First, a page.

By Raveena Aulakh
Don’t talk about Alberta’s oilsands and how their development may aggravate climate change.
That’s the clear message from Ottawa to environmental charities being extensively audited by the Canada Revenue Agency to determine if they have crossed the line between public and political advocacy.
As many as 10 green charities are being audited by the CRA, while three say they are likely being investigated on complaints by Ethical Oil, a pro-Alberta oilsands, non-profit, non-governmental organization.
“Their (Ethical Oil) feeling is that by raising concern about climate change and the role of tarsands expansion . . . it is political activity,” said Tim Gray, executive director of Environmental Defence, one of the three green groups that acknowledged it is being audited on the basis of complaints made by Ethical Oil.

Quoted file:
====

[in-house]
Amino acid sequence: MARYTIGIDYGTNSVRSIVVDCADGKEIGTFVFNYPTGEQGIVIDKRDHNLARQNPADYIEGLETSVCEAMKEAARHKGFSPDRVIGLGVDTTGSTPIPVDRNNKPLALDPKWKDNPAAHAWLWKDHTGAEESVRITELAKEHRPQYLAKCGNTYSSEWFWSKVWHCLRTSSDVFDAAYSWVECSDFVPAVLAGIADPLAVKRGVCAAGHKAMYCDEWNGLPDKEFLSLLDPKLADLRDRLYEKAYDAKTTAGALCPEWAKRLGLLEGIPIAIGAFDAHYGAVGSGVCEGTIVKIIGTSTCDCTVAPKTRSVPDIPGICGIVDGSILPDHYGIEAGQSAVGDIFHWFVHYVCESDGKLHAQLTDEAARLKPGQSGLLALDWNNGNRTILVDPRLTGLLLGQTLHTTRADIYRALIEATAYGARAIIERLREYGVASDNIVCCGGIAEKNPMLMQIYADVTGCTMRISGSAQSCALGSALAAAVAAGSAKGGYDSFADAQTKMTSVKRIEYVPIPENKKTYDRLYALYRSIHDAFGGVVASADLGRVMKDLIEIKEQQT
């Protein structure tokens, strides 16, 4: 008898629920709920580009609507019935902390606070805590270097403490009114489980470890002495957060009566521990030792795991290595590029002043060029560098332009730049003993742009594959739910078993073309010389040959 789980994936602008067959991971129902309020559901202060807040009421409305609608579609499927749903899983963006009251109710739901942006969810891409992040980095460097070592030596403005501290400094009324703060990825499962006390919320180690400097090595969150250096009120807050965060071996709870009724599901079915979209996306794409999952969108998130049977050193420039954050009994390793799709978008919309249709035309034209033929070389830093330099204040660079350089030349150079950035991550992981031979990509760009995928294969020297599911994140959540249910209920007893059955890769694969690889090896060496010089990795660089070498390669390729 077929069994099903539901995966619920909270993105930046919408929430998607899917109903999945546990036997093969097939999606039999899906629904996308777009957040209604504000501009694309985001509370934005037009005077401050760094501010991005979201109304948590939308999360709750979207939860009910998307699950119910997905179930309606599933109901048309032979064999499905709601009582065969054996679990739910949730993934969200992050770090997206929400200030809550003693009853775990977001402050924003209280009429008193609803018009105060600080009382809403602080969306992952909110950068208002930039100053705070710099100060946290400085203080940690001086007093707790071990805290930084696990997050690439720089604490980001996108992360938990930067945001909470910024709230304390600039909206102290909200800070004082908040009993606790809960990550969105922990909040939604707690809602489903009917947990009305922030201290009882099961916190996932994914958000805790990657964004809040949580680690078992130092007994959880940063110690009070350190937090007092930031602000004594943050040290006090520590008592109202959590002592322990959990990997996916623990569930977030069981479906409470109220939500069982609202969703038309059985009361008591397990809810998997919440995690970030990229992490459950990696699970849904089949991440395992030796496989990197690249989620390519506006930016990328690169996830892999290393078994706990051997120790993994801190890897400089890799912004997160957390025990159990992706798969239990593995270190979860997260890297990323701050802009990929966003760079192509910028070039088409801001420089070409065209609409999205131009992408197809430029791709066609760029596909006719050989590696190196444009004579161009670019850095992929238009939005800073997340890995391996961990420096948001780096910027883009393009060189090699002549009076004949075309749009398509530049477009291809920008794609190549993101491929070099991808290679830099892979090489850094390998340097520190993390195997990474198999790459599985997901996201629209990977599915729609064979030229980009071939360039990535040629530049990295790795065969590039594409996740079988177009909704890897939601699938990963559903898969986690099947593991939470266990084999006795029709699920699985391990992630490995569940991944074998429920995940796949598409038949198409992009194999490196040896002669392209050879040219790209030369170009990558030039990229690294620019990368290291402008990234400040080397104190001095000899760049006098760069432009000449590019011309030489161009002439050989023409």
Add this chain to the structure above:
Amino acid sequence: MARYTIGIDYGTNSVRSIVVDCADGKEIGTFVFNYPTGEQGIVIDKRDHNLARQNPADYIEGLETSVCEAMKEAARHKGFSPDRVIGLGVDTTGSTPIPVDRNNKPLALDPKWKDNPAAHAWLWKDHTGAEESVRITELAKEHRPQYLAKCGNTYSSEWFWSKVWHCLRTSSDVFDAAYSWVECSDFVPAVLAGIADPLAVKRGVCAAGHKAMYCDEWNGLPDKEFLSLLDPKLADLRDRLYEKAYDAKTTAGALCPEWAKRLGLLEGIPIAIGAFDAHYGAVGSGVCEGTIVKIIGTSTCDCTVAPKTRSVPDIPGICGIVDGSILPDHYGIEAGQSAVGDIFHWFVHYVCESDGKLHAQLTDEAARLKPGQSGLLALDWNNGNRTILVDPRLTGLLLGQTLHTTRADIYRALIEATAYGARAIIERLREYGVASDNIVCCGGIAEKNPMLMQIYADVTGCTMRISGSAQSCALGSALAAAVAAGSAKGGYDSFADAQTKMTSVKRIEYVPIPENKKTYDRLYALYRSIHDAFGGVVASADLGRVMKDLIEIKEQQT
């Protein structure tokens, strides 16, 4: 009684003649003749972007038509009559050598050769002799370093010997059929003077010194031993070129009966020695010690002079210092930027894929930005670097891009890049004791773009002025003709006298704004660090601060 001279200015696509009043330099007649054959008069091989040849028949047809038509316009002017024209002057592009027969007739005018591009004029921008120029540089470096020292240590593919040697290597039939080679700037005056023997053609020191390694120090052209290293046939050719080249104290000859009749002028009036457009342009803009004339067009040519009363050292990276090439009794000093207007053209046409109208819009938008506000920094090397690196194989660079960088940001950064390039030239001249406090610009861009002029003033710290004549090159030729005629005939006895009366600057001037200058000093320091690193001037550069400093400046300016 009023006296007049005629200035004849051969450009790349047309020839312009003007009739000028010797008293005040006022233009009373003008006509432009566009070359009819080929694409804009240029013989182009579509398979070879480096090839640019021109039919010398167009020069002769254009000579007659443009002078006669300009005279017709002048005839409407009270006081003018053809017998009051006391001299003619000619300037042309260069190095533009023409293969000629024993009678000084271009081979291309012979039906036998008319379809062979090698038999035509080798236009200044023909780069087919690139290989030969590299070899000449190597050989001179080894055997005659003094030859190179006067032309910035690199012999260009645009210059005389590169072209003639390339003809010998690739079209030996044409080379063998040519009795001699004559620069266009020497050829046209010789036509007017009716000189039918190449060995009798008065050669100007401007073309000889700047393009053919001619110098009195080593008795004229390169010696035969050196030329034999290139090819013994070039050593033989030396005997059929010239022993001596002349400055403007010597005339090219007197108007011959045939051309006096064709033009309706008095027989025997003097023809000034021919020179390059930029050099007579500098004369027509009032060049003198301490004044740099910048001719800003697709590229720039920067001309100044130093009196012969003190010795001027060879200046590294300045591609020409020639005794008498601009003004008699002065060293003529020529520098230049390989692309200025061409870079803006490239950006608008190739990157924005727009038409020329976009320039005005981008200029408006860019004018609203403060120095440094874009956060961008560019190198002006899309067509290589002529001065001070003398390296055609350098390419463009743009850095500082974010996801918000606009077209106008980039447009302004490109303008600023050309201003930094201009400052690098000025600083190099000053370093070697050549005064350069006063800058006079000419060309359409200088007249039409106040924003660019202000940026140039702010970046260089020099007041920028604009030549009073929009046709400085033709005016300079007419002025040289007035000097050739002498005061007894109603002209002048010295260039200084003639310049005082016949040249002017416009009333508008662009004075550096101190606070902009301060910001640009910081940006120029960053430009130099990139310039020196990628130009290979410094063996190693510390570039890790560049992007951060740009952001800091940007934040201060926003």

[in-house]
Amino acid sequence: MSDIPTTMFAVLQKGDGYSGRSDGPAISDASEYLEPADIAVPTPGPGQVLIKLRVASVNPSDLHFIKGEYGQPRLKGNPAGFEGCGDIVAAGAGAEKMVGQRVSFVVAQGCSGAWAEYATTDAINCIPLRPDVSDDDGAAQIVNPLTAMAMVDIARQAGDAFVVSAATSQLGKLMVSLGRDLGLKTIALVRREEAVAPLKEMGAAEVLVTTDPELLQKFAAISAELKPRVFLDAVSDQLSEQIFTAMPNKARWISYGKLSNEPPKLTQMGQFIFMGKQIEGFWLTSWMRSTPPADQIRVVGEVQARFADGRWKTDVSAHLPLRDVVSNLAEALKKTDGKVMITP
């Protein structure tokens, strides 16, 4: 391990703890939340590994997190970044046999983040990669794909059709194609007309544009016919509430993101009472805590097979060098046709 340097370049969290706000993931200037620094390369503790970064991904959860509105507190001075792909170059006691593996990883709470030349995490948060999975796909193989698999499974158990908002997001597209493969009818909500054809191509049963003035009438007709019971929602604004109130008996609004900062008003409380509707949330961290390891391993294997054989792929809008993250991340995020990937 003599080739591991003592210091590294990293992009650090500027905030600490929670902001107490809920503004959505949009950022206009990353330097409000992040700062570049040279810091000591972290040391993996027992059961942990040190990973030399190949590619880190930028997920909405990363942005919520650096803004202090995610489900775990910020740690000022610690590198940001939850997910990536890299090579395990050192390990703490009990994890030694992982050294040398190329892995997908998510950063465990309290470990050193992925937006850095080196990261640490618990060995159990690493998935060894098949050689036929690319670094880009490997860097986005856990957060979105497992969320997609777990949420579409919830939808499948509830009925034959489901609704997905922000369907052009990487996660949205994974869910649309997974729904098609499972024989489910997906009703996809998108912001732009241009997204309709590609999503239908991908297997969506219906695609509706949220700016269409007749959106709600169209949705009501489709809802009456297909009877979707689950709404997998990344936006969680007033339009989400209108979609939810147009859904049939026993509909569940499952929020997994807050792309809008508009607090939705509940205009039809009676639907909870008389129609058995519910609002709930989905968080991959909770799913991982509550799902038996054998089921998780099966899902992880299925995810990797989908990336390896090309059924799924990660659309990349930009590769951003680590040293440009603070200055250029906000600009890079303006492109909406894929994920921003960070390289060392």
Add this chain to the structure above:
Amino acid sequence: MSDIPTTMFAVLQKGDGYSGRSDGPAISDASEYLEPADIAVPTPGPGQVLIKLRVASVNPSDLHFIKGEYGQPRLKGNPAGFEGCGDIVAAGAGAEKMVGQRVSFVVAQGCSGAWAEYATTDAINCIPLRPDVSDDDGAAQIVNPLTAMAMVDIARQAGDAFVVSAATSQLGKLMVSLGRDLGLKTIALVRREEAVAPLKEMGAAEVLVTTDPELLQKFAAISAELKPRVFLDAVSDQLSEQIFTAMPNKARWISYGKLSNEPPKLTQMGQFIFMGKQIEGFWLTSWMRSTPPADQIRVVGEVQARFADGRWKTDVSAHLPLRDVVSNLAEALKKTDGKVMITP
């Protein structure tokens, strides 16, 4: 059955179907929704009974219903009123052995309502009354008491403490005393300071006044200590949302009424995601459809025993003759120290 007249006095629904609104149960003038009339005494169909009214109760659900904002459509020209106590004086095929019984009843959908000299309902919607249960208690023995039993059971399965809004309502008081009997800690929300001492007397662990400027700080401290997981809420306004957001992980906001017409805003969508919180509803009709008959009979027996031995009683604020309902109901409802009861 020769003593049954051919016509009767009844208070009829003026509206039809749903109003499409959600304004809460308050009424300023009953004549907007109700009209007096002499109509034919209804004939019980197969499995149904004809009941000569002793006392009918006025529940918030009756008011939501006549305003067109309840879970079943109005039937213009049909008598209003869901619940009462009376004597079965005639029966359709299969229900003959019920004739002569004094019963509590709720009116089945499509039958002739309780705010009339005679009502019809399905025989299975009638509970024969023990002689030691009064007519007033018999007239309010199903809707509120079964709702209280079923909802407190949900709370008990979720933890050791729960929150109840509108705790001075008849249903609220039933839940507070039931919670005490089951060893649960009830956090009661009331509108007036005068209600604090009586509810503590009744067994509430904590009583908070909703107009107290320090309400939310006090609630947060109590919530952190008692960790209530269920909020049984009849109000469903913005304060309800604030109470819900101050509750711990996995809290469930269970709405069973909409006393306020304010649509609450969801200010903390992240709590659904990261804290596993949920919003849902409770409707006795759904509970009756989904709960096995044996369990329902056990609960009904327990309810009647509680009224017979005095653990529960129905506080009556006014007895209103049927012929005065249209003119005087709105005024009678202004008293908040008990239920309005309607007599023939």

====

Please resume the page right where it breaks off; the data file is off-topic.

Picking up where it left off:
The David Suzuki Foundation and Tides Canada are the other two.
If the revenue agency says these groups have stepped out of line, they could lose their charitable status. By law, charitable groups are allowed to spend 10 per cent of their resources on non-partisan political activities related to their charity.
Ethical Oil calls itself an online community that “empowers people to become grassroots activists on the frontlines of the campaign for ethical oil” from Canada’s oilsands. It was started as a blog by Alykhan Velshi, who is currently the director of issues management in Prime Minister Stephen Harper’s office.